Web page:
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  1. #1
    SitePoint Member
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    Strange problem with conditional comments

    I started using conditional comments for the sites I design just over a year ago. I haven't encountered any problems with them - until now, that is.

    When testing some designs at a client site recently, I noticed that the same page was broken in IE when viewed on a test server, but fine when viewed on the development server. There is no difference between the files on the two servers: both the HTML and the CSS are identical.

    This also happens with every version of IE, but the page works fine when viewed in Firefox, Opera and Safari. The page renditions in IE are broken because it appears that the IE-specific stylesheets are not being pulled in by the conditional comments.

    Here's an excerpt of the HTML from the test page:-

    <!DOCTYPE HTML PUBLIC "-//W3C//DTD HTML 4.01 Transitional//EN"
    "http://www.w3.org/TR/html4/loose.dtd">
    <html lang="en">

    <head>
    <meta http-equiv="content-type" content="text/html;charset=iso-8859-1">
    <title>My test page</title>
    <style type="text/css">
    @import url("css/5.5/global.css");
    </style>
    <!--[if IE]>
    <link rel="stylesheet" href="css/5.5/blog_ie.css" type="text/css" />
    <![endif]-->
    <!--[if gt IE 6]>
    <link rel="stylesheet" href="css/5.5/blog_ie7.css" type="text/css" />
    <![endif]-->
    <!--[if lte IE 6]>
    <link rel="stylesheet" href="css/5.5/blog_ie6.css" type="text/css" />
    <![endif]-->
    <!--[if lt IE 6]>
    <link rel="stylesheet" href="css/5.5/blog_ie5x.css" type="text/css" />
    <![endif]-->

    </head>

    <body>
    ...
    </html>
    The behaviour of the page indicates that it must be something to do with the servers. The only significant difference between them is that the development server is running IIS 6 and the test server IIS 5.

    As you can imagine, it's driving me mad: I get a design to work on the development server, transfer it to the test server and it breaks.

    Has anyone come across this kind of problem? If not, does anyone have any idea what might be causing this erratic behaviour.

    Any and all suggestions much appreciated.

  2. #2
    SitePoint Wizard
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    Could we have a link to play with?

  3. #3
    SitePoint Member
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    Sorry, can't do that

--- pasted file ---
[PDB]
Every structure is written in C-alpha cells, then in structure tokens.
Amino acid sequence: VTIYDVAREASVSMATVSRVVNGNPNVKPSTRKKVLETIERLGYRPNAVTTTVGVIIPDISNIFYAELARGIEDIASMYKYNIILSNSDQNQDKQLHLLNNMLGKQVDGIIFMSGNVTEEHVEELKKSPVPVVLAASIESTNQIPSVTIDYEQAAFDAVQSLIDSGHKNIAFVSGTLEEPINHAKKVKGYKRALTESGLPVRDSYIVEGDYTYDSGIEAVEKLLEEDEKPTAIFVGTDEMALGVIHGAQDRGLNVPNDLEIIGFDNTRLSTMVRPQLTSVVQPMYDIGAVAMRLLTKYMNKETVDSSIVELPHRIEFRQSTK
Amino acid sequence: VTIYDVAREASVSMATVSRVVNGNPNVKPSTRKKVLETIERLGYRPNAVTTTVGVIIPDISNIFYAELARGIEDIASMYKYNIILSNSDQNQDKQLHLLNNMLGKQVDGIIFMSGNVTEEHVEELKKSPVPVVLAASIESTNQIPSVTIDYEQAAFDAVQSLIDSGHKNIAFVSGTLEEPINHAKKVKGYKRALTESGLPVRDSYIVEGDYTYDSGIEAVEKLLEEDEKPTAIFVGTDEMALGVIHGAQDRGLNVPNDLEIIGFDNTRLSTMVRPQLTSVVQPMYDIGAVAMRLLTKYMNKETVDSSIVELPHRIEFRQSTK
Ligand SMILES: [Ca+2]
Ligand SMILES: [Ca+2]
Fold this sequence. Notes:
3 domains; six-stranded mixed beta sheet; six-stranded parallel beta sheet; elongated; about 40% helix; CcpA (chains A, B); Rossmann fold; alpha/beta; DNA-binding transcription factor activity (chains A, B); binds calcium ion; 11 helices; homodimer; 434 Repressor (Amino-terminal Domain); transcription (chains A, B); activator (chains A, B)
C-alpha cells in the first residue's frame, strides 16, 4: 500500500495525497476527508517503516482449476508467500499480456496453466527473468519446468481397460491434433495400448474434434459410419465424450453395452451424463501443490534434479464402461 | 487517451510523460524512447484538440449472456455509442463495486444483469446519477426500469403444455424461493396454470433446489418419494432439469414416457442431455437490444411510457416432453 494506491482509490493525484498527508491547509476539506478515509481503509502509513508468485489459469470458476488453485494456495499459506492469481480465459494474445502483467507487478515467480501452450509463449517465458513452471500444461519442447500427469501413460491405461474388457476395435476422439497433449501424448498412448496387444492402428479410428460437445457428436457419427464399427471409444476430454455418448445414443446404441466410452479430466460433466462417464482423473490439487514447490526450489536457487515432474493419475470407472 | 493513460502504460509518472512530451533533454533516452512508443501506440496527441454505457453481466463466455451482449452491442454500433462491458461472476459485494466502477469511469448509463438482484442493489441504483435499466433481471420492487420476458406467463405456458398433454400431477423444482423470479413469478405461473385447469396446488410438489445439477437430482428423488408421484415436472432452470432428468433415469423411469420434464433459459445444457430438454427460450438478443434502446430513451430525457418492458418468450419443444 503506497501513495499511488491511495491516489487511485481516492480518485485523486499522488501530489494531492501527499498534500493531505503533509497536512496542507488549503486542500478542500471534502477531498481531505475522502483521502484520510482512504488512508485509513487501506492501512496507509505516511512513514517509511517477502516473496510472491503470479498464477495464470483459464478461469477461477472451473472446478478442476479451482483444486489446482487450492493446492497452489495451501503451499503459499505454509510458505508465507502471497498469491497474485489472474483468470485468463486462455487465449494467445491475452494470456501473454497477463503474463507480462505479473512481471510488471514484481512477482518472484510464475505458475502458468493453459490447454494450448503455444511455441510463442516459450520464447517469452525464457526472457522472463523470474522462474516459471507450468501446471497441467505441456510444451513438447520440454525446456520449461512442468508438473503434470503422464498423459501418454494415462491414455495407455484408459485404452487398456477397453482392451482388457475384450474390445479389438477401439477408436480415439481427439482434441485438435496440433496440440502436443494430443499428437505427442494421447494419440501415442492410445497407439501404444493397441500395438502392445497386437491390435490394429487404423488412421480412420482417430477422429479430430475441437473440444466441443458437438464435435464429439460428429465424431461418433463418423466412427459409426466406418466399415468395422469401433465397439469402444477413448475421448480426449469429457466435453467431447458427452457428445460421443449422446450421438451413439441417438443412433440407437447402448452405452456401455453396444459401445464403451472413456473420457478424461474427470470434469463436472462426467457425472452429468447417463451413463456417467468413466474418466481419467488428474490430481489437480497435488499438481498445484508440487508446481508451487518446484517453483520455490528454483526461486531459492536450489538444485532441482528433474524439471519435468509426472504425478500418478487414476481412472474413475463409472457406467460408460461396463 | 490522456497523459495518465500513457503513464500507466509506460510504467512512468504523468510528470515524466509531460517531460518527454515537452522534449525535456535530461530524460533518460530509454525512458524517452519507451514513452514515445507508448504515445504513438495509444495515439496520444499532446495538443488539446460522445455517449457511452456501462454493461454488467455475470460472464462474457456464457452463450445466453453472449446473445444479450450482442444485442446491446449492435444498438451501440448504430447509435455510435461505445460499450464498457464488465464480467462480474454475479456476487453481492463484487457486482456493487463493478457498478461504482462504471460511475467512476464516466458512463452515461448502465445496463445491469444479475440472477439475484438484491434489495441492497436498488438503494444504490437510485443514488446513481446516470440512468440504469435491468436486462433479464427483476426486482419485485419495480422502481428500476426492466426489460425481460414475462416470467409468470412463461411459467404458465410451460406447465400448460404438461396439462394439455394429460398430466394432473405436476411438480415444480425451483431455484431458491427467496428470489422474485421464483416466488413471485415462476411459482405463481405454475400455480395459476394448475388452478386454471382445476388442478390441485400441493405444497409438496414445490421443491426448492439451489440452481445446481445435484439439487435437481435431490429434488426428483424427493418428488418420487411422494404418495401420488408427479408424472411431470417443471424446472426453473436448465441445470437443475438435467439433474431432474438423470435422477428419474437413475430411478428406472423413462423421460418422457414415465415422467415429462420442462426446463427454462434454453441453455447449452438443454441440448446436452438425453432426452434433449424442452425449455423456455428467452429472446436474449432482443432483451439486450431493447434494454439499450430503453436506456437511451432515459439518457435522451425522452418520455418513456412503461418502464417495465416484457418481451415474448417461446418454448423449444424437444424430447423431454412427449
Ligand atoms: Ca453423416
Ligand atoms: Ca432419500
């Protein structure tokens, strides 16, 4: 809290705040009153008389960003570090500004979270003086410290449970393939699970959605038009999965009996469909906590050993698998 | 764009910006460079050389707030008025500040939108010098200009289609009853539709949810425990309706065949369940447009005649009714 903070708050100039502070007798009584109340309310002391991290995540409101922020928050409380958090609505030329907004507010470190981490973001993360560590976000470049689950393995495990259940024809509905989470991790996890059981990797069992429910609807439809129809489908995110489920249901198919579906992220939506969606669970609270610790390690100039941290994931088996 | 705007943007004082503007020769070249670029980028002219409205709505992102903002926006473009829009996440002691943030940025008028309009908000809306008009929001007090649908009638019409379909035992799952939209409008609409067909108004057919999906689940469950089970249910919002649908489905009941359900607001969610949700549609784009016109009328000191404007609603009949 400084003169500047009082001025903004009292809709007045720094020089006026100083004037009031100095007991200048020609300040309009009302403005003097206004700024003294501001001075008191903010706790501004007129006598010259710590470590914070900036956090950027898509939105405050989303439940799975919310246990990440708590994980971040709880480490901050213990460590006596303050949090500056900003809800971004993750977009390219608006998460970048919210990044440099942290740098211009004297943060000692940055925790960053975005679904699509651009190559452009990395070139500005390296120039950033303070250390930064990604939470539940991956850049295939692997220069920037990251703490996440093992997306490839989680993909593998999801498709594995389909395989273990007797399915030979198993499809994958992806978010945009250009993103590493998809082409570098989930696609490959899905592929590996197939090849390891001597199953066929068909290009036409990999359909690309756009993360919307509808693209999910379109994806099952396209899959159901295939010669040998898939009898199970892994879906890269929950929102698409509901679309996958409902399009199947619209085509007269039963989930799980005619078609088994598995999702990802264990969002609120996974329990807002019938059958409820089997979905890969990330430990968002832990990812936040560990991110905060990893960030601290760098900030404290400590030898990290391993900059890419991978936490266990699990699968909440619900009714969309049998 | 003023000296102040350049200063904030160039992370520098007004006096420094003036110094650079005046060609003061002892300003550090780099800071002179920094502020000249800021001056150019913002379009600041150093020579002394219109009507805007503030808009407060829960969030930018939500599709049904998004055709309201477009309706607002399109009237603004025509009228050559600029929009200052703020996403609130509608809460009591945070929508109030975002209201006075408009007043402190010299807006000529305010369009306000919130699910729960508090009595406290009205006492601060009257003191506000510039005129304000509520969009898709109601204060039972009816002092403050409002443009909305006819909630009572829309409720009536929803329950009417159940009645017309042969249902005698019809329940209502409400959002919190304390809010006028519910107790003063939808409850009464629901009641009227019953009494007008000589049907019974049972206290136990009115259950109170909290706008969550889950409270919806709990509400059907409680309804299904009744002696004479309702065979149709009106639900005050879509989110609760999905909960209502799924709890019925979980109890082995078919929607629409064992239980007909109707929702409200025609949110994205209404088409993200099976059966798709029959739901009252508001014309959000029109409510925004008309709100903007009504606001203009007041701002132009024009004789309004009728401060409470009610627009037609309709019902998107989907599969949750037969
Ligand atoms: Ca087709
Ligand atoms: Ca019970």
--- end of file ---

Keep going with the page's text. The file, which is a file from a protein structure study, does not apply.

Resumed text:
The page is on a client's internal network.

    I could put the page on an external server of mine, but that wouldn't prove much as the server isn't running IIS.

  4. #4
    In memoriam gold trophysilver trophybronze trophy Dan Schulz's Avatar
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    Just curious here, why are you using this?
    HTML Code:
    <style type="text/css">
    @import url("css/5.5/global.css");
    </style>

  5. #5
    SitePoint Member
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    Good question

    Well, the idea is to hide CSS from older browsers like Netscape 4. But that's not the format I typically use, which is:-

    <style type="text/css" media="all">
    <!--
    @import "styles/layout.css";
    -->
    </style>
    Do you think this could be causing a problem?

    I will change the page and re-test, but I doubt this is the cause: I have another older page with the same problem that uses <link rel ...> instead of @import.

    Update

    Sorry, I posted the wrong code (from a page I was playing around with).

    Here is the correct code:-
    <!DOCTYPE HTML PUBLIC "-//W3C//DTD HTML 4.01 Transitional//EN"
    "http://www.w3.org/TR/html4/loose.dtd">
    <html lang="en">

    <head>
    <meta http-equiv="content-type" content="text/html;charset=iso-8859-1">
    <title>My test page</title>
    <style type="text/css">
    <!--
    @import "css/5.5/global.css";
    -->
    </style>
    <!--[if IE]>
    <link rel="stylesheet" href="css/5.5/blog_ie.css" type="text/css" />
    <![endif]-->
    <!--[if gt IE 6]>
    <link rel="stylesheet" href="css/5.5/blog_ie7.css" type="text/css" />
    <![endif]-->
    <!--[if lte IE 6]>
    <link rel="stylesheet" href="css/5.5/blog_ie6.css" type="text/css" />
    <![endif]-->
    <!--[if lt IE 6]>
    <link rel="stylesheet" href="css/5.5/blog_ie5x.css" type="text/css" />
    <![endif]-->

    </head>

    <body>
    ...
    </html>

  6. #6
    In memoriam gold trophysilver trophybronze trophy Dan Schulz's Avatar
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    Well, since Netscape 4 and Internet Explorer 4 comprise less than 0.1% of the total user market, I think you can safely drop "support" for those antiquated browsers. Internet Explorer 5 came out in 1999, and I don't even support that (IE 5.5 + I still do though). Netscape Navigator 4 came out in 1998 (IIRC - someone correct me if I'm wrong). It's now 2006, and we're getting ready to head into 2007. Why support browsers that are quickly approaching a decade in age?


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